If you are a family caregiver for a veteran, you may be eligible for financial compensation.
Caregiver Support Program
This program supports and provides some financial compensation for family caregivers of veterans injured on active duty on or before May 7, 1975 or on or after September 11, 2001. To qualify, a caregiver must be at least 18 years old. The caregiver may be a spouse, child, parent, stepfamily, or extended family member or have lived with the veteran at application or when designated as a family caregiver. The caregiver must complete caregiver training and demonstrate core competencies, an ability to perform certain services and meet other care requirements. Stipends vary with hours of care and are based on whether the veteran is assessed to be able to self-sustain within the community. If so, the full-time stipend in, for example, Dallas, Texas, is $1,751.98/month. If not, meaning that either continuous supervision, protection and instruction is needed or that hands-on care is needed for at least three activities of daily living, the full-time stipend in, for example, Dallas, Texas is $2,803.17/month, or $33,638.04 per year, roughly comparable to the proposed $15/hour minimum wage of $31,200 for 40 hours’ work per week.
One can apply online or by downloading Form 10-1006, bringing it to the local VA med center Caregiver Support Coordinator or mailing it to Program of Comprehensive Assistance for Family Caregivers, Health Eligibility Center, 2951 Clairmont Road NE, Suite 200, Atlanta, Georgia 30329-1647.
While few of our clients are eligible for this program, the recognition of the need for training and the low compensation provided are instructive.
Geriatric and Extended Care Aid Program
The Geriatric and Extended Care Aid Program administered through VA hospitals and provided by contracted companies, at least some of which, such as Care Planning Institute, will hire and train family members and friends to provide assistance with activities of daily living (“ADLs”) and important activities of daily living (“IADLs) for up to 20 hours per week (with no annual cap) for $13-20/hour, depending on location. There is no asset or income limit apart from a relatively high income limit at which copays may be required.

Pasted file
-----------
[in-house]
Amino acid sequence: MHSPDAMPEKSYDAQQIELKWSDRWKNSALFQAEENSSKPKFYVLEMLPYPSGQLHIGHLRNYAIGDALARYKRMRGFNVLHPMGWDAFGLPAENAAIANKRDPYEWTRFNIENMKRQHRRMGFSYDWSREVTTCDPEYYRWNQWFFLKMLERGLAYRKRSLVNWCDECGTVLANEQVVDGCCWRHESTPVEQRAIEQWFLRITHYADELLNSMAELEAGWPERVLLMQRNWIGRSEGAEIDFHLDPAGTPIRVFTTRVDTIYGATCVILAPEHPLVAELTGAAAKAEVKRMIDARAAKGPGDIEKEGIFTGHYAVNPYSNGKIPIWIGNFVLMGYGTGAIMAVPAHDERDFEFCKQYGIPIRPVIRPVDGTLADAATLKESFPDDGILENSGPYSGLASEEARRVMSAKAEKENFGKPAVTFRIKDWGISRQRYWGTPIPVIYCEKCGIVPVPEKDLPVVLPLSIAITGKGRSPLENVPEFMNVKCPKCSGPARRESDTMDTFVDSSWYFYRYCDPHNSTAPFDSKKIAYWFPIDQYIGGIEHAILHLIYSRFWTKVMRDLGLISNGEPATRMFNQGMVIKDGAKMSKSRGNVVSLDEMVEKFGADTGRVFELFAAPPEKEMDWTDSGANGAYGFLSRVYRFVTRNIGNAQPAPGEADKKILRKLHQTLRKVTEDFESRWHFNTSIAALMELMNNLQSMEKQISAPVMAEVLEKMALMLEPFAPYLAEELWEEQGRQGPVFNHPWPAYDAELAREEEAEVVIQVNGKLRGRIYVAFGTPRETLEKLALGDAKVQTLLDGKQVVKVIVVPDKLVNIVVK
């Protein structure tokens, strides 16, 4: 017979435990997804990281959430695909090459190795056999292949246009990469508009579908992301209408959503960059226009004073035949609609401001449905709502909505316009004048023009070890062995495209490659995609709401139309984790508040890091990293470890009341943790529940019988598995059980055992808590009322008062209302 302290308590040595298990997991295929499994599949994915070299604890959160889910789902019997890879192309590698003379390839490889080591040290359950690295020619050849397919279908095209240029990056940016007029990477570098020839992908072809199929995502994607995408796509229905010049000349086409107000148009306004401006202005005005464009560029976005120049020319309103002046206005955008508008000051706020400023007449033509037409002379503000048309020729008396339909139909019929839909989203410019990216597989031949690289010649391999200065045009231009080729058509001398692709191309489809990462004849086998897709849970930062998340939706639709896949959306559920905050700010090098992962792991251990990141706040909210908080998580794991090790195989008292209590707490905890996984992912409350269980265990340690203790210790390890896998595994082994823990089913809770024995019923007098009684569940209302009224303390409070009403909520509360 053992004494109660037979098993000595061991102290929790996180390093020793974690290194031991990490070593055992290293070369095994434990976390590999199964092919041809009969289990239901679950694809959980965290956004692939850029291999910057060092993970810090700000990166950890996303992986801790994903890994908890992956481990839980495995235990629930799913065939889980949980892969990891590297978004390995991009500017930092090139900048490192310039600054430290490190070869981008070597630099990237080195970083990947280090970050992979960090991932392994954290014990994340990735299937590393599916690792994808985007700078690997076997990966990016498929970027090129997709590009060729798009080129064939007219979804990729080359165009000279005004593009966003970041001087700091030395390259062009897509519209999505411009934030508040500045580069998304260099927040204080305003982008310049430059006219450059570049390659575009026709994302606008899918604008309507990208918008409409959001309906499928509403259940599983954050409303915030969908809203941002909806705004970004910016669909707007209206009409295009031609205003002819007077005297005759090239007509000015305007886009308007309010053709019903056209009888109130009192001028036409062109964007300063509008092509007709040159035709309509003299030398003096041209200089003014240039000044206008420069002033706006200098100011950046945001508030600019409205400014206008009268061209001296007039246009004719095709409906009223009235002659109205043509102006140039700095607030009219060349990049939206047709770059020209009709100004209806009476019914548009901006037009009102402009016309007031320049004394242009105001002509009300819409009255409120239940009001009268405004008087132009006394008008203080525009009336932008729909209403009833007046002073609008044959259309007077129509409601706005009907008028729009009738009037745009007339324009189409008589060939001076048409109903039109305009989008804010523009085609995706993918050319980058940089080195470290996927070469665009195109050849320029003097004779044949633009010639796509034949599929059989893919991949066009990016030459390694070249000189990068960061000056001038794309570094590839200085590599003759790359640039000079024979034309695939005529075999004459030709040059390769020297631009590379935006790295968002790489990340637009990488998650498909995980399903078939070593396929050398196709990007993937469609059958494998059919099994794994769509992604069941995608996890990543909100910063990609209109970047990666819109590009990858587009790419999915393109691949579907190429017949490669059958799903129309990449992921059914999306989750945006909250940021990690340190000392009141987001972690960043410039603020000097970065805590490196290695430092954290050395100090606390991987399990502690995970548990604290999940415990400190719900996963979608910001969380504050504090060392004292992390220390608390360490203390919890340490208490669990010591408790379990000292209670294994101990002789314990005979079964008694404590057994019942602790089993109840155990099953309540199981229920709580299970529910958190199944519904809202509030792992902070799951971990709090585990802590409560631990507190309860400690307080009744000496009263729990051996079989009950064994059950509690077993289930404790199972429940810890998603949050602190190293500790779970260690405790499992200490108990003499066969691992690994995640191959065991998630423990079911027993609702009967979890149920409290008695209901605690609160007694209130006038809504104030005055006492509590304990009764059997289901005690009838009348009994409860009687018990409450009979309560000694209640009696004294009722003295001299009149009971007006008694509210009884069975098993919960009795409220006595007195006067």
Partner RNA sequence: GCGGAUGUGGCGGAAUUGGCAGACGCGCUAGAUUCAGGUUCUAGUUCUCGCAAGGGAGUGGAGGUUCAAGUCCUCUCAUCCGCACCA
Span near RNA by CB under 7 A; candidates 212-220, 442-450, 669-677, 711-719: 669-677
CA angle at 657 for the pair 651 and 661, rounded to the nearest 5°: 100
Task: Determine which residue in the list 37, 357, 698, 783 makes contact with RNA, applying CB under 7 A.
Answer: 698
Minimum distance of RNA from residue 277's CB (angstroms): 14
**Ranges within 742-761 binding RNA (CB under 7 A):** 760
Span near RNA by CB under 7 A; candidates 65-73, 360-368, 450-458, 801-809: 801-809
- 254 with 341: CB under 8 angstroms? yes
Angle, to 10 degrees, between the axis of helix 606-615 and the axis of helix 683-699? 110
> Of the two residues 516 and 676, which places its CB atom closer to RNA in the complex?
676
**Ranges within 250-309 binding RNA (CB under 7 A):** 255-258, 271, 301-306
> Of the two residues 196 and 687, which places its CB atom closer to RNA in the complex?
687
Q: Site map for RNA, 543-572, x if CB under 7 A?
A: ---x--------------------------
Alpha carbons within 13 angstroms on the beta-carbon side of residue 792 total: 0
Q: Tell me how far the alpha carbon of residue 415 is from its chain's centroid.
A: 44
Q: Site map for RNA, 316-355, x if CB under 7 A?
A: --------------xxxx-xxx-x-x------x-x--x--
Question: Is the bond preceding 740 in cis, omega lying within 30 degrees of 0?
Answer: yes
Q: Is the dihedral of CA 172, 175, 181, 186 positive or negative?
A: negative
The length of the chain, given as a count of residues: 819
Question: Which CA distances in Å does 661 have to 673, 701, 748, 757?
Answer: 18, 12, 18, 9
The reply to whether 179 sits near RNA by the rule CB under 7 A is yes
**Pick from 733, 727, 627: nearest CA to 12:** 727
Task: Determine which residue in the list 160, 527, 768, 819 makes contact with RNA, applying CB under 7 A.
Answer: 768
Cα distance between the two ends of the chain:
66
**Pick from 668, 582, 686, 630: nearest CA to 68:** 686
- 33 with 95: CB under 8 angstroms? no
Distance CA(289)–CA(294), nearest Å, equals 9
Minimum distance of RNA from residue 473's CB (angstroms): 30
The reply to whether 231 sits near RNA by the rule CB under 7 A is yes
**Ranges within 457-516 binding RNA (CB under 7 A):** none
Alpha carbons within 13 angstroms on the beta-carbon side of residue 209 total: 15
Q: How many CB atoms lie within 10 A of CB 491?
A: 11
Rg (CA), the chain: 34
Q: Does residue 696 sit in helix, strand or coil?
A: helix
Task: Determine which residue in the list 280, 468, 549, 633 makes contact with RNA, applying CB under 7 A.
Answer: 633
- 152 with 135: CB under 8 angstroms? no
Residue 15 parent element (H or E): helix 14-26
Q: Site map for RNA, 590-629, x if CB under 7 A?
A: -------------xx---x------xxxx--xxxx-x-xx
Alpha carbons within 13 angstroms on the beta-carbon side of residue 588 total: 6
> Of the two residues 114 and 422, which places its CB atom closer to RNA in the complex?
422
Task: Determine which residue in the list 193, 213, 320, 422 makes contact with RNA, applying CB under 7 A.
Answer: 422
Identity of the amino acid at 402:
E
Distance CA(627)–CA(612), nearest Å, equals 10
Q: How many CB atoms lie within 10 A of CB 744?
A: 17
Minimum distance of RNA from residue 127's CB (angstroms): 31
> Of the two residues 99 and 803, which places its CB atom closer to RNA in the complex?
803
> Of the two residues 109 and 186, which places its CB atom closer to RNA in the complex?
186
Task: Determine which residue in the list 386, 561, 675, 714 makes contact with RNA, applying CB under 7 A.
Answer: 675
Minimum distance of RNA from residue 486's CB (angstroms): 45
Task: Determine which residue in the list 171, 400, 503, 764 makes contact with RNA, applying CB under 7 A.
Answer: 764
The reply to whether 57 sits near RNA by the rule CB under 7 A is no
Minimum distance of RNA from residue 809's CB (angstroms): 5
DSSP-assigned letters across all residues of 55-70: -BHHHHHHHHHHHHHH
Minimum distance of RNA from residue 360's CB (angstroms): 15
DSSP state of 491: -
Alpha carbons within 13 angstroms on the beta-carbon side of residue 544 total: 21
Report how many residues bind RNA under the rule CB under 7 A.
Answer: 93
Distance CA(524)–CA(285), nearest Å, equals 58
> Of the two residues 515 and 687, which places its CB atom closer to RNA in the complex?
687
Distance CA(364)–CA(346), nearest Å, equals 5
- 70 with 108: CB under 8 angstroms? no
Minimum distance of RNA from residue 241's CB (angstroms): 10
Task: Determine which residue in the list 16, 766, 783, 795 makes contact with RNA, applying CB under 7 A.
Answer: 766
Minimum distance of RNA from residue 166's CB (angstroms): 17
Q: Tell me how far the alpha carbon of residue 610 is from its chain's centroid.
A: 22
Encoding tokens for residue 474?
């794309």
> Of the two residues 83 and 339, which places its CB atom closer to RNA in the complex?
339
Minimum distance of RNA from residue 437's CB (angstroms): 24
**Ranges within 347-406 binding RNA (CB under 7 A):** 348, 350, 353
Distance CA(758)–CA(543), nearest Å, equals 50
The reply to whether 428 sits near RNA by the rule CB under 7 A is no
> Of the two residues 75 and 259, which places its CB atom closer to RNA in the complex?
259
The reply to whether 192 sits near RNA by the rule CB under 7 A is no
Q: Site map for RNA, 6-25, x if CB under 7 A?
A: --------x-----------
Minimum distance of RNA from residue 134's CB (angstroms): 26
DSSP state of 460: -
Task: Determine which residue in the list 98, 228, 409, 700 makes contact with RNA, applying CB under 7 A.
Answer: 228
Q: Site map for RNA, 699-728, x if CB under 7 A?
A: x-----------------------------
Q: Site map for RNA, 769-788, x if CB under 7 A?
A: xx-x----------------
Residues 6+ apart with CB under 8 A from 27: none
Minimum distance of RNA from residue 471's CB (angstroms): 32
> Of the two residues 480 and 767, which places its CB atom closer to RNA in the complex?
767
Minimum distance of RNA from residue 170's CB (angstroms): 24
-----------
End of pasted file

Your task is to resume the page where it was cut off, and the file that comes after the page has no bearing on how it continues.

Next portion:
ADLs (Activities of Daily Living)
ADLs are bathing (whether bath, shower of sponge bath), dressing and grooming, using the toilet, maintaining bowel and bladder continence, getting adequate nutrition and hydration, and “transferring,” or moving from one place to another. Some people think this is just transferring from a bed to a wheelchair. A fuller definition would be being able to get up after a fall.
IADLs (Important Activities of Daily Living)
IADLs include medication management, getting to the doctor and taking notes, preparing simple meals, using the telephone, and light housekeeping.
Active, but not wartime, service is required with a discharge other than dishonorable. The assistance can be provided at home, in independent or assisted living. It can be combined with VA disability, Aid & Attendance or Medicaid. The program is for veterans only; not for spouses or surviving spouses, but can be set up within a few weeks. Clinical eligibility turns on needing substantial assistance with at least three ADLs (two if over 75, clinically depressed, or meeting other clinical requirements) and three IADLs.
Elder law attorney, Terry Garrett, CELA, is a member of the National Academy of Elder Law Attorneys and is an Approved Guardianship Attorney. She assists people in elder law, estate and special needs planning, guardianship and settling estates. She graduated with honors from Cornell University. She was on the Dean’s List at Wharton Business School. She earned her J.D. at Columbia Law School, receiving the Parker Award and a Mellon Fellowship.